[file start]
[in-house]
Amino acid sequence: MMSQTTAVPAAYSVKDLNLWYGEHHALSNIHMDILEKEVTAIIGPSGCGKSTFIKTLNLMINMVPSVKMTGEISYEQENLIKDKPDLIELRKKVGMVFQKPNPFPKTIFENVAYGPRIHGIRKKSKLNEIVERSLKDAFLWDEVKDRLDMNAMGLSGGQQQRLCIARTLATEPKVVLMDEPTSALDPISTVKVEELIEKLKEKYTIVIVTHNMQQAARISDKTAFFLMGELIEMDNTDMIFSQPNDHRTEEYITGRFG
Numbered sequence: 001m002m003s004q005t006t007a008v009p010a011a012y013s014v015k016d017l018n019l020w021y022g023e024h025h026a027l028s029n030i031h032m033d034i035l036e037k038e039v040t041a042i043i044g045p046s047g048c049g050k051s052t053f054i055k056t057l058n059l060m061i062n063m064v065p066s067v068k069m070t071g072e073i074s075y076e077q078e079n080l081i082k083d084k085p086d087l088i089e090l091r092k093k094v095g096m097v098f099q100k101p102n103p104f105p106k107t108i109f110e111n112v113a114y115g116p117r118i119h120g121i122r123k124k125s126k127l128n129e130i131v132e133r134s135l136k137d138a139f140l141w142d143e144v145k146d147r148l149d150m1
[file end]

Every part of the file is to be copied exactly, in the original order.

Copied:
[in-house]
Amino acid sequence: MMSQTTAVPAAYSVKDLNLWYGEHHALSNIHMDILEKEVTAIIGPSGCGKSTFIKTLNLMINMVPSVKMTGEISYEQENLIKDKPDLIELRKKVGMVFQKPNPFPKTIFENVAYGPRIHGIRKKSKLNEIVERSLKDAFLWDEVKDRLDMNAMGLSGGQQQRLCIARTLATEPKVVLMDEPTSALDPISTVKVEELIEKLKEKYTIVIVTHNMQQAARISDKTAFFLMGELIEMDNTDMIFSQPNDHRTEEYITGRFG
Numbered sequence: 001m002m003s004q005t006t007a008v009p010a011a012y013s014v015k016d017l018n019l020w021y022g023e024h025h026a027l028s029n030i031h032m033d034i035l036e037k038e039v040t041a042i043i044g045p046s047g048c049g050k051s052t053f054i055k056t057l058n059l060m061i062n063m064v065p066s067v068k069m070t071g072e073i074s075y076e077q078e079n080l081i082k083d084k085p086d087l088i089e090l091r092k093k094v095g096m097v098f099q100k101p102n103p104f105p106k107t108i109f110e111n112v113a114y115g116p117r118i119h120g121i122r123k124k125s126k127l128n129e130i131v132e133r134s135l136k137d138a139f140l141w142d143e144v145k146d147r148l149d150m1